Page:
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Anxiety, depression, somatization and psychological distress before and 2–6 years after a late termination of pregnancy due to fetal anomalies



For many women, a late termination of pregnancy (TOP) can be an enormous psychological burden. Few studies have investigated the long-term psychological impact of late TOP.


N = 90 women answered a questionnaire containing questions about anxiety, depression and somatization (Brief-Symptom Inventory, BSI-18) shortly before (T1) and 2–6 years after (T4) their late termination of pregnancy.


Prior to the late TOP, 57.8% of participants showed above-average levels of overall psychological distress (66.7% anxiety, 51.1% depression, 37.8% somatization). This number decreased significantly over time for all scales of the BSI-18. 2–6 years later, only 10.0% of women still reported above-average levels (17.8% anxiety, 11.1% depression, 10.0% somatization).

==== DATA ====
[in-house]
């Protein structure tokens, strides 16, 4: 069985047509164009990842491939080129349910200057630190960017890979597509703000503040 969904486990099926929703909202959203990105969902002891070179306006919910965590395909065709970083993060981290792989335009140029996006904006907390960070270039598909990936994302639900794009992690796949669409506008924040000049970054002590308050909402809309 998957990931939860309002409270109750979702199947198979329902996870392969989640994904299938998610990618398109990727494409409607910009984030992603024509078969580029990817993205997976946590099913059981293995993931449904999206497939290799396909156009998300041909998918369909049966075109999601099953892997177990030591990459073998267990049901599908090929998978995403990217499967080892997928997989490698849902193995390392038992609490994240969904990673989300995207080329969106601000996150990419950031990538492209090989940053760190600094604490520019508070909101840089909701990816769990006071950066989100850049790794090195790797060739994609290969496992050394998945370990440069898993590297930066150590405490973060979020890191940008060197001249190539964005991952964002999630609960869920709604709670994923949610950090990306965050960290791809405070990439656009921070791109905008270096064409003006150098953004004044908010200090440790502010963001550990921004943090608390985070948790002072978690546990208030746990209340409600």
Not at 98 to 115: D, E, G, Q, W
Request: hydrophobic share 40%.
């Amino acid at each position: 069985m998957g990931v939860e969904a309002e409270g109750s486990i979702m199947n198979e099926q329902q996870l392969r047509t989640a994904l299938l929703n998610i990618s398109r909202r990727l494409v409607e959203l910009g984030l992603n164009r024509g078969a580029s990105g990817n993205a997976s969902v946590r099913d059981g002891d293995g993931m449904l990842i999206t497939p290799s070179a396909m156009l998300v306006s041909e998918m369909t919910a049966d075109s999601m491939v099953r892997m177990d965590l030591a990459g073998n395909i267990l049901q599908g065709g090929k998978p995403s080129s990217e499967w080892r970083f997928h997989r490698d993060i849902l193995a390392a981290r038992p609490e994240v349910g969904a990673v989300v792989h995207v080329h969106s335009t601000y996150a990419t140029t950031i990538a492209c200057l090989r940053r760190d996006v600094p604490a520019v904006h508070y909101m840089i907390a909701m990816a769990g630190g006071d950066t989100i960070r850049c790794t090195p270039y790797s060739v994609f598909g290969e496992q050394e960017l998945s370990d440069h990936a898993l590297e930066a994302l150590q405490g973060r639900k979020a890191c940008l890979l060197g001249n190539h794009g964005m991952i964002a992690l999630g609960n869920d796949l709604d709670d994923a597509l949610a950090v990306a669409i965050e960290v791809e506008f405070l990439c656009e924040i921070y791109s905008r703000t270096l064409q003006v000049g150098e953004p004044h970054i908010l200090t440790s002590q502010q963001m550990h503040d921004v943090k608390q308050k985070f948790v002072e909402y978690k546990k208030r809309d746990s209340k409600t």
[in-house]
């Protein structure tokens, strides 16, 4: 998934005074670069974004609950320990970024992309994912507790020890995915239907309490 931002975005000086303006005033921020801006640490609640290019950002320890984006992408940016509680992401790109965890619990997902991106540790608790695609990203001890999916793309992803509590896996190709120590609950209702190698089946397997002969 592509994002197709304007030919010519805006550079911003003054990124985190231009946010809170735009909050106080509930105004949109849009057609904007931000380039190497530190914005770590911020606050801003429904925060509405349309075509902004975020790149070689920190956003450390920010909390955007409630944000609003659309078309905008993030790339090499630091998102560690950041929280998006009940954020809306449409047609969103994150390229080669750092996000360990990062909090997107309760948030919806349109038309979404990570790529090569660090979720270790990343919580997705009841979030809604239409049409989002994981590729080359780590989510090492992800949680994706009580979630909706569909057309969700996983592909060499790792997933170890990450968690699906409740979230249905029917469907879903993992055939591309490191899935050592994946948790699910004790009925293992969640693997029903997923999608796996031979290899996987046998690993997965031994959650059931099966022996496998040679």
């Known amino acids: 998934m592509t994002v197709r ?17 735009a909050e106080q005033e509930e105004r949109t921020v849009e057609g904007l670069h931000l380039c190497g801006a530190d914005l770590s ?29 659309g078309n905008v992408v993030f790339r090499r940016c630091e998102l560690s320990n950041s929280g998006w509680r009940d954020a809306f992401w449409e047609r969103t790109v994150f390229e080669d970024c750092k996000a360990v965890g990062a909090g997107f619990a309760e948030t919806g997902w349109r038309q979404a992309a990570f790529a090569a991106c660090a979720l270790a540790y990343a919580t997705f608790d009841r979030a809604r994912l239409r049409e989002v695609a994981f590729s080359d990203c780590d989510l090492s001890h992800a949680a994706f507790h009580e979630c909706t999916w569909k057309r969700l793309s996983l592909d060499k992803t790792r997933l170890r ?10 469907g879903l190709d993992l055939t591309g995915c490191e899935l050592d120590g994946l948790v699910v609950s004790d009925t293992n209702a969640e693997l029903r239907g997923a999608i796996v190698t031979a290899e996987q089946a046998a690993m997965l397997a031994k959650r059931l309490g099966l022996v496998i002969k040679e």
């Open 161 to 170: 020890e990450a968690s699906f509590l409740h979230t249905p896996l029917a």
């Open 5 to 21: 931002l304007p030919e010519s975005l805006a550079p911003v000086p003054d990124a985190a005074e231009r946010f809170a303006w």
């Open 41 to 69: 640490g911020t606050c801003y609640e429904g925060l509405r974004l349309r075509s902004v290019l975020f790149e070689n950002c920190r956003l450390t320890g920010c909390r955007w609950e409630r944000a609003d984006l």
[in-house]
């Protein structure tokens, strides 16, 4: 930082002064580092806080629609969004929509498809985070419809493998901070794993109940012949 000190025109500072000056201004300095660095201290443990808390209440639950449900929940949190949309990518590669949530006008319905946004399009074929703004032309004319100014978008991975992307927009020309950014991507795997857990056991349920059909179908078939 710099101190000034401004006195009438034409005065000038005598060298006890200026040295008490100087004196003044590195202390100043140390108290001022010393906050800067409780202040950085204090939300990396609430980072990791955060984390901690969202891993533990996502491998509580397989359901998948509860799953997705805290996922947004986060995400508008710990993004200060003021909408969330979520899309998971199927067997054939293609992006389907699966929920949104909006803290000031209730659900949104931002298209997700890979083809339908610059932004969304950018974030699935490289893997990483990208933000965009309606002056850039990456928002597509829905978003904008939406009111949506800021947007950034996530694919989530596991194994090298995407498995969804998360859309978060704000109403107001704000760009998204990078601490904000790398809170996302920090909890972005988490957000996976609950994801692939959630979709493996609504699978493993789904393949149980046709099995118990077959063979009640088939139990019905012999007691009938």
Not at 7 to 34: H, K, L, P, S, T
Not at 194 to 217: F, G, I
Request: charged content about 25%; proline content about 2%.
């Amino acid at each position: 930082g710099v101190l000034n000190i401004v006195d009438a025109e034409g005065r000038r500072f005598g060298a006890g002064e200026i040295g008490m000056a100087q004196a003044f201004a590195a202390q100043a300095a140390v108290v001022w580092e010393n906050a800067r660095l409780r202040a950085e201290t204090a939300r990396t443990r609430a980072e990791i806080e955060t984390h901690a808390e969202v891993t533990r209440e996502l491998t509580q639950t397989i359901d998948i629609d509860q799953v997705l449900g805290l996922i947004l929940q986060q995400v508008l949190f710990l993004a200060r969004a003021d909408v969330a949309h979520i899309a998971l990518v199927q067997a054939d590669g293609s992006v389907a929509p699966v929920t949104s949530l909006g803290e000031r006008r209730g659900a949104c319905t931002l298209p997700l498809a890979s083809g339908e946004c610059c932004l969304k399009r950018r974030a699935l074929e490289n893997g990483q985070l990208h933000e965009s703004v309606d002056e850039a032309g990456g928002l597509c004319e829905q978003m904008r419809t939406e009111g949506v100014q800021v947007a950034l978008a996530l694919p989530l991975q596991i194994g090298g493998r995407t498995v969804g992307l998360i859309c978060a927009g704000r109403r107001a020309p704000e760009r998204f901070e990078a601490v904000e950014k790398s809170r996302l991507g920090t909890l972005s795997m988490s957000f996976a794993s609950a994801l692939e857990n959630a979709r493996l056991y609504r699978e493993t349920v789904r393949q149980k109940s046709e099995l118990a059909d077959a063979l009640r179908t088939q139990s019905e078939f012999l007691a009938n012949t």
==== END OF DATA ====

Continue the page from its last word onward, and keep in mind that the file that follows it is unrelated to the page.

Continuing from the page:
Our results support those of previous research showing that late TOP has a substantial psychological impact on those experiencing it in the short-term. In the long-term, most women return to normal levels of psychological distress, although some still show elevated levels. Limitations of the study include monocentric data collection, drop-out between T1 and T4, and the relatively wide range of two to six years after TOP. Further research should be conducted in order to identify factors that impact the psychological processing of the experience.